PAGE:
4. This Interview is cut short? Warum? OK, Relax folks! I’ve seen this before. “Father, why is this night different..”–a sure sign the writer is a Jew! Whether it’s the annual railroadiana night of the Boston Chapter 50 years ago or the new H&H leader’s being interviewed now. Bitterly ironic that this comes within days and hours of Hamas’ massive attacks on Israel with hundreds dead. History does not exist to console readers–it is what happened, sort of! I have read that what really happened was that the Israelites had come into Egypt while the Hyksos (a foreign invader from Down South supposedly) were ruling. When the Egyptians rose and expelled the Hyksos they might then legitimately see the Israelites as “Collaborators with The Enemy”. History can be like that. A bit more on Handel’s London in the 1740’s and ’50’s would be useful here. Getting familiar with other versions of Israel in Egypt might be very useful. Plus ALL music from The Past is a period piece; think of what’s going on. Program writers could make hay by noted where their listeners/readers might look for more. Now no more beting dead horses–and now I’ve gotten the SPCA and PETA upset!

    Comment by Nathan Redshield — October 8, 2023 at 12:34 pm

  5. Notes on HANDEL’S LONDON (written for the Berkshire Choral festival)
    Georgian London was (in theatrical terms) quite unique among European cities. The numerous theaters of Shakespeare’s day were abolished by the Puritans in 1642. After Charles II was restored in 1660, he granted only two courtiers theatrical patents, creating a monopoly for more than fifty years. The two oldest “official patent” theaters during Handel’s early London career were commercial enterprises dependent on daily ticket sales: Theatre Royal, Drury Lane (built in 1663) and the Lincoln’s Inn (founded in 1660 and succeeded by the Theatre Royal, Covent Garden, in 1728).

    Handel was a very public man who needed to be fluent in several languages. Most of the London dancers who performed between operatic acts were French, and approximately 320 Italian musicians and designers dominated the opera house and concert venues. The soloists for the premiere of Israel in Egypt included a French operatic soprano, an English soprano who performed arias between the acts in the dramas at Drury Lane, a male alto also known for low bass roles (singing “The Land brought forth frogs”), an English tenor and two German basses. Used to coping with the necessities of the box office, the whims of very famous singers, and the fickleness of the public, Handel carved out a place for himself in the musical life of early eighteenth-century London that established him as the best-known composer of the Baroque period.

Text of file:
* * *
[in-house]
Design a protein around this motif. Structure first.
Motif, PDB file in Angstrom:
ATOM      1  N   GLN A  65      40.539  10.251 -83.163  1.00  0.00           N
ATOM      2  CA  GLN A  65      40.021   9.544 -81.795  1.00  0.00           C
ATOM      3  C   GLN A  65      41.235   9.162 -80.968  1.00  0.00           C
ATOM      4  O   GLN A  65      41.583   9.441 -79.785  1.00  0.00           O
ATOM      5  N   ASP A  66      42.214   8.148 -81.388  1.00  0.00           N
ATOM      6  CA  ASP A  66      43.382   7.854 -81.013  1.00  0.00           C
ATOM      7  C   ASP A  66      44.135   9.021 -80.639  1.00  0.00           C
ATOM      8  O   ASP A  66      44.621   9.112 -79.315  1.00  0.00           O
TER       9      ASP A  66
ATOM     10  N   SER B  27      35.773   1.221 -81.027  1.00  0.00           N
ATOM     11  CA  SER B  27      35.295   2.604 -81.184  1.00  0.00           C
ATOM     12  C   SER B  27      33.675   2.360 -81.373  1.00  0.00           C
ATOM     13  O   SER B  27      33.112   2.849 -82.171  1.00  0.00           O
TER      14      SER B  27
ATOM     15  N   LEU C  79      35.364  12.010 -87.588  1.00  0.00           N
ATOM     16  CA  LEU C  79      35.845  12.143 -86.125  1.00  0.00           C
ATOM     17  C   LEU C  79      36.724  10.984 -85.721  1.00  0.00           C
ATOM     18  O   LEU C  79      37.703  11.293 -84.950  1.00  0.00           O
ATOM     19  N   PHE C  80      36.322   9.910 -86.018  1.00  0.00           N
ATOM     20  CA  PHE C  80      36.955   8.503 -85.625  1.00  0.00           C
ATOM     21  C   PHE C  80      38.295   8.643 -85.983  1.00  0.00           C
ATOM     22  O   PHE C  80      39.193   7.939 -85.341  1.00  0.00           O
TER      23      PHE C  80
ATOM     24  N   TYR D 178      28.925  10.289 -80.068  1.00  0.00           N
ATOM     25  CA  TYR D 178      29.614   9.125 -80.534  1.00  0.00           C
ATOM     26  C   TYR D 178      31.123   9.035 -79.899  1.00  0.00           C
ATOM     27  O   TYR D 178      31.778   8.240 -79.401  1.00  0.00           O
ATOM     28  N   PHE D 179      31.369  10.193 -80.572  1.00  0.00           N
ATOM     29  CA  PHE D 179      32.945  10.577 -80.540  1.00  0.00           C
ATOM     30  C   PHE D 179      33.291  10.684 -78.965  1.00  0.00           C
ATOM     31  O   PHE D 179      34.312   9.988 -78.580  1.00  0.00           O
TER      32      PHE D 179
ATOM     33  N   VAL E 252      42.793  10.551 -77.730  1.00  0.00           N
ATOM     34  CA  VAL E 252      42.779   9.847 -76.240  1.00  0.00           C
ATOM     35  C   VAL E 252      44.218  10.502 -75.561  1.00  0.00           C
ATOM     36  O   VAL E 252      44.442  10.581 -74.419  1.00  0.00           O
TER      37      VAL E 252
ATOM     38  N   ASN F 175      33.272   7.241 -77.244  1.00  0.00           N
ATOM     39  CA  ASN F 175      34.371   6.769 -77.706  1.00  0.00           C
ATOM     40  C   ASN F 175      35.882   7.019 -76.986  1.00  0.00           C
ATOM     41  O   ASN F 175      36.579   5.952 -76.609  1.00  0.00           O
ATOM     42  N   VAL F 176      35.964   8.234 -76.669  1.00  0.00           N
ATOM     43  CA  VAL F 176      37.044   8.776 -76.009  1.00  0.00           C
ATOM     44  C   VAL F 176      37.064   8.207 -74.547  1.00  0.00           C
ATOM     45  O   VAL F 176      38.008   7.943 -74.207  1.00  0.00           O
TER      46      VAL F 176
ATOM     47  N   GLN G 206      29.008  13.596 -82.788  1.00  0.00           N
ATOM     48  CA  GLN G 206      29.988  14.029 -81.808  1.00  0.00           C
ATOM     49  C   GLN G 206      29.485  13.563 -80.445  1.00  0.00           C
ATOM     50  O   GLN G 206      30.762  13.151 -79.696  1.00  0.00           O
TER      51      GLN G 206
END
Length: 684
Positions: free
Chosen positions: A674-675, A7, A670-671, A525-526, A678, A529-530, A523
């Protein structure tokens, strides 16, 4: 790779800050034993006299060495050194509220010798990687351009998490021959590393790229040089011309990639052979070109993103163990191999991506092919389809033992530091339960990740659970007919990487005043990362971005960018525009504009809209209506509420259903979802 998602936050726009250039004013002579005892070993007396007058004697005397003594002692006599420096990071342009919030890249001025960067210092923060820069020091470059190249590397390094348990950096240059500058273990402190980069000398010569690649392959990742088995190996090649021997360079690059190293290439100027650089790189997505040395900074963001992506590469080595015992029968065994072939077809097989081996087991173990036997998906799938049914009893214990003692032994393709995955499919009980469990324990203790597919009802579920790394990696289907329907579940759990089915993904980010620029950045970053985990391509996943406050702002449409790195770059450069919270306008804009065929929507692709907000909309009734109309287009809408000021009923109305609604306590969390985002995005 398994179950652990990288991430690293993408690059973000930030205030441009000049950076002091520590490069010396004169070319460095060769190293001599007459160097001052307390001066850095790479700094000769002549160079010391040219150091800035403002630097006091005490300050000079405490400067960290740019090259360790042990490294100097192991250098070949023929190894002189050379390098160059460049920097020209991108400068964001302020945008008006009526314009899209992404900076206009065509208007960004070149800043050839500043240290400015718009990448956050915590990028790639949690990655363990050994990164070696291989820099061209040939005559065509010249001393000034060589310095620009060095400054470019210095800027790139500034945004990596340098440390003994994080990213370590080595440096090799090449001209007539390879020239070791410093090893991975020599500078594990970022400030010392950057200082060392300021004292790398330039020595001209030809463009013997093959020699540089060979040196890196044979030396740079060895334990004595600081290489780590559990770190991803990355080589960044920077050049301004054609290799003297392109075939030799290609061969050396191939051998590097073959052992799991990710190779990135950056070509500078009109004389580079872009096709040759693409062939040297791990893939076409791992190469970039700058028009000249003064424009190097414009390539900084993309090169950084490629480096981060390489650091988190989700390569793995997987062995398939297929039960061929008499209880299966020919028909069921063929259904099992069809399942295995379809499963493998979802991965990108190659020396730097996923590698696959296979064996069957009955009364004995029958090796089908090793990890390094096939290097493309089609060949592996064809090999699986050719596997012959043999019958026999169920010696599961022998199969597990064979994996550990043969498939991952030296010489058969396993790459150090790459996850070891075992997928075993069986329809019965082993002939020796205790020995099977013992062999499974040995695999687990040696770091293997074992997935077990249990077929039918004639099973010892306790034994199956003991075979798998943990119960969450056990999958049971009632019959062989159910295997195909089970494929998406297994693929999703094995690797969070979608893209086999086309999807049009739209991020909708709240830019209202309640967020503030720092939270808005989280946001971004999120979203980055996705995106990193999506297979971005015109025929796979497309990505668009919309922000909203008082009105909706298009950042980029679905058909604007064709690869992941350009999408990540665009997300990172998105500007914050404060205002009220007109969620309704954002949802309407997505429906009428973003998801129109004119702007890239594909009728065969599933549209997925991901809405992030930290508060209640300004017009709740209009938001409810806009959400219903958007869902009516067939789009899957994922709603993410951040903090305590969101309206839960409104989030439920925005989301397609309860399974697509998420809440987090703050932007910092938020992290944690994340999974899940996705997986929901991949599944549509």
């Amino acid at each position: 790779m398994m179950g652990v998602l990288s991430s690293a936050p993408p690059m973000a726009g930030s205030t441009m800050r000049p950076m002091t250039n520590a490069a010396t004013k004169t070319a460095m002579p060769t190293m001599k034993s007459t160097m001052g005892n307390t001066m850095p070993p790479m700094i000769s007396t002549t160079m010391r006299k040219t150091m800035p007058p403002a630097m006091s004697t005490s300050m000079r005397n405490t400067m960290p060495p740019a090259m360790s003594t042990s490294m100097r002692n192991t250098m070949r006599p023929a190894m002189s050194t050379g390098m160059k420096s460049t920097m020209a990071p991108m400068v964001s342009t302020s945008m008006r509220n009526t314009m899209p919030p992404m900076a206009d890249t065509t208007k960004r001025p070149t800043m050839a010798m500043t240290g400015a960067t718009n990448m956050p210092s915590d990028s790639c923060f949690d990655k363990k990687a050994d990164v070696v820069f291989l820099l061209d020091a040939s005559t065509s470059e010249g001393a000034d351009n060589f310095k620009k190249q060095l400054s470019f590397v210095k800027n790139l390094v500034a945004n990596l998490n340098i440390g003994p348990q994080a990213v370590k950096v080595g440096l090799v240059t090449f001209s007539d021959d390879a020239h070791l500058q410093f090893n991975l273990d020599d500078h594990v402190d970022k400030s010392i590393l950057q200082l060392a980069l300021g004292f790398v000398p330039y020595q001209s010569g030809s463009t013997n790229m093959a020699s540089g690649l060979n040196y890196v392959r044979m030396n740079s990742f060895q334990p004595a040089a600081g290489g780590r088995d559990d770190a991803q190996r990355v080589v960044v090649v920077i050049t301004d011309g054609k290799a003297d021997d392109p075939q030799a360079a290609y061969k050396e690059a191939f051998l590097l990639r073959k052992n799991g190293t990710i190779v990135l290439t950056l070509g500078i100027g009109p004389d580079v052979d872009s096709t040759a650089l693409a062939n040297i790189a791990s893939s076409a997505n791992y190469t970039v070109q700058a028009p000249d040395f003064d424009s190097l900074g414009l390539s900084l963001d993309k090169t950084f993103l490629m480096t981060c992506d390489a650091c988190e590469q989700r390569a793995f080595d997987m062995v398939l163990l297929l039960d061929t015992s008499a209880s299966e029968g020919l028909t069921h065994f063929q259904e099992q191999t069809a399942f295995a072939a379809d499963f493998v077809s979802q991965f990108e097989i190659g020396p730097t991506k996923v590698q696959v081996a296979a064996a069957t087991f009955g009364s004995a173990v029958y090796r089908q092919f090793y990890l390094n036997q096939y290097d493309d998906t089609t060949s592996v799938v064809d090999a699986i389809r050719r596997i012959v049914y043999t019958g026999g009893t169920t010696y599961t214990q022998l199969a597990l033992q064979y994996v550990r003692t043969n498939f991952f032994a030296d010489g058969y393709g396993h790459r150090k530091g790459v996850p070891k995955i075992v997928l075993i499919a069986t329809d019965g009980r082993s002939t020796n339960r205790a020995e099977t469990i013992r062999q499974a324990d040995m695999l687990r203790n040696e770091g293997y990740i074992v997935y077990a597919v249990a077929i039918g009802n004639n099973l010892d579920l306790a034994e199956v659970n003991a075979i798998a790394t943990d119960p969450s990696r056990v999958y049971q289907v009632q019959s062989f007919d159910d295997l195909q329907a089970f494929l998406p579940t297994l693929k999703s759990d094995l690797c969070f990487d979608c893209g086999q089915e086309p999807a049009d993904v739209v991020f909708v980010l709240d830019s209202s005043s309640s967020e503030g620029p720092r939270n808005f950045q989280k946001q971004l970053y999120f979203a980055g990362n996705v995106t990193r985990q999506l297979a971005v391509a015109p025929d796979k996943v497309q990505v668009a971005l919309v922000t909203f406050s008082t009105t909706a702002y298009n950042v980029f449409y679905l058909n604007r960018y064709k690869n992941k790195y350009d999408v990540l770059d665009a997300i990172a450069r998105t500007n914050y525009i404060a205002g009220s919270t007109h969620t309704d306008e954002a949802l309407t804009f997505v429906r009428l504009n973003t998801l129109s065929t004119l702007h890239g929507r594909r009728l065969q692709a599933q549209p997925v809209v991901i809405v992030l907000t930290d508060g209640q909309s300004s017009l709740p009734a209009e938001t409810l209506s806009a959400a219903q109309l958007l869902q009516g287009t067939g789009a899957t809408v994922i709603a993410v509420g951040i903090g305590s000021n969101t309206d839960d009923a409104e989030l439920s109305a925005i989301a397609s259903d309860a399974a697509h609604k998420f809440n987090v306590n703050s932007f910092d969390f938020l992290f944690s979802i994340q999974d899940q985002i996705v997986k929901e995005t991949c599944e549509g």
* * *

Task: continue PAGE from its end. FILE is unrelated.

Beginning in 1732, Handel shifted the focus of his career from opera to oratorio. The new approach led to a conspicuous change in London theatrical entertainment. Despite Handel’s long association with the King’s Theatre, oratorios were particularly welcomed at the other theaters, where only English-language works were presented. London theaters had always been dark during Passion Week, but early in Queen Anne’s reign the Lord Chamberlain started to enforce a prohibition of all theatrical performances on Wednesdays and Fridays during Lent. The ban did not apply to concerts.

    Anglicans and Dissenters came together within the Handelian tradition as they did in no other cultural context. The continuing performance of Handel’s works – the oratorios and odes especially – was the most important starting point of ‘canonic’ repertoires that were deemed to be “great music.” Handel’s oratorios contributed significantly in redefining the identities of a nation, its monarchy, and the British people.

    We have a vivid account of Handel’s oratorio concerts from Madame Anne-Marie Fiquet de Bocage, a French lady who detailed the London seasons around 1750 to her sister, Madame du Perron: “The Oratorio, or pious concert, pleases us highly. English words are sung by Italian performers, and accompanied on a variety of instruments. HANDEL is the soul of it; when he makes his appearance, two wax lights are carried before him, which are laid upon his organ. Amidst a loud clapping of hands he seats himself, and the whole band of music strikes up at exactly the same moment. At the interludes he plays concertos of his own composition, either alone or accompanied by the orchestra. These are equally admirable for the harmony and the execution. The Italian opera, in three acts, gives us much less pleasure…”

    English oratorios were always separated by a long interval, during which Handel remained at the small organ, playing improvisations, organ sonatas, and even organ concertos with the orchestra between acts. Bach’s Leipzig Passions of the same period observed a similar pause between hour-long sections, filled by a sermon from the minister’s pulpit.

    Comment by Laura Prichard — October 16, 2023 at 10:52 pm